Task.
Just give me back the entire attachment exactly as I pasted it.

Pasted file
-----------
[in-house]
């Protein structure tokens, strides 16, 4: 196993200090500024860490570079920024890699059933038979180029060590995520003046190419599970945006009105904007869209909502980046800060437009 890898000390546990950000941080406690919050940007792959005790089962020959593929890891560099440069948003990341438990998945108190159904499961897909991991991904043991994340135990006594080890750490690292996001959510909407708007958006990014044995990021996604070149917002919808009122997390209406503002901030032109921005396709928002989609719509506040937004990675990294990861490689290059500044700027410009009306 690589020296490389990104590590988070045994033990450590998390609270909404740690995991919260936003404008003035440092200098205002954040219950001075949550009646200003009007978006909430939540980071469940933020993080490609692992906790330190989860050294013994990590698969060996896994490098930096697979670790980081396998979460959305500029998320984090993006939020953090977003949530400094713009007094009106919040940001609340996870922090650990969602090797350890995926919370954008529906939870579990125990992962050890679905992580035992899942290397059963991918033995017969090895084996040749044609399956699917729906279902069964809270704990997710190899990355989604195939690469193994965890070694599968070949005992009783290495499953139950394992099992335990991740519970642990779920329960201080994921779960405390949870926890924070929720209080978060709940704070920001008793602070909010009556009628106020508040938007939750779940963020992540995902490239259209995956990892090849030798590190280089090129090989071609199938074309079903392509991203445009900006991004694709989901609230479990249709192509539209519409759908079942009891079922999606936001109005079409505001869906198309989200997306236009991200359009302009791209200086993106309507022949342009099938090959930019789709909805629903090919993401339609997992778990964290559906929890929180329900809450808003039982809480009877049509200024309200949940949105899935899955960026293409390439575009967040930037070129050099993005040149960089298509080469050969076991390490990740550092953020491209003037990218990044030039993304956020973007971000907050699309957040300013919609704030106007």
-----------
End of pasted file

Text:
[in-house]
């Protein structure tokens, strides 16, 4: 196993200090500024860490570079920024890699059933038979180029060590995520003046190419599970945006009105904007869209909502980046800060437009 890898000390546990950000941080406690919050940007792959005790089962020959593929890891560099440069948003990341438990998945108190159904499961897909991991991904043991994340135990006594080890750490690292996001959510909407708007958006990014044995990021996604070149917002919808009122997390209406503002901030032109921005396709928002989609719509506040937004990675990294990861490689290059500044700027410009009306 690589020296490389990104590590988070045994033990450590998390609270909404740690995991919260936003404008003035440092200098205002954040219950001075949550009646200003009007978006909430939540980071469940933020993080490609692992906790330190989860050294013994990590698969060996896994490098930096697979670790980081396998979460959305500029998320984090993006939020953090977003949530400094713009007094009106919040940001609340996870922090650990969602090797350890995926919370954008529906939870579990125990992962050890679905992580035992899942290397059963991918033995017969090895084996040749044609399956699917729906279902069964809270704990997710190899990355989604195939690469193994965890070694599968070949005992009783290495499953139950394992099992335990991740519970642990779920329960201080994921779960405390949870926890924070929720209080978060709940704070920001008793602070909010009556009628106020508040938007939750779940963020992540995902490239259209995956990892090849030798590190280089090129090989071609199938074309079903392509991203445009900006991004694709989901609230479990249709192509539209519409759908079942009891079922999606936001109005079409505001869906198309989200997306236009991200359009302009791209200086993106309507022949342009099938090959930019789709909805629903090919993401339609997992778990964290559906929890929180329900809450808003039982809480009877049509200024309200949940949105899935899955960026293409390439575009967040930037070129050099993005040149960089298509080469050969076991390490990740550092953020491209003037990218990044030039993304956020973007971000907050699309957040300013919609704030106007």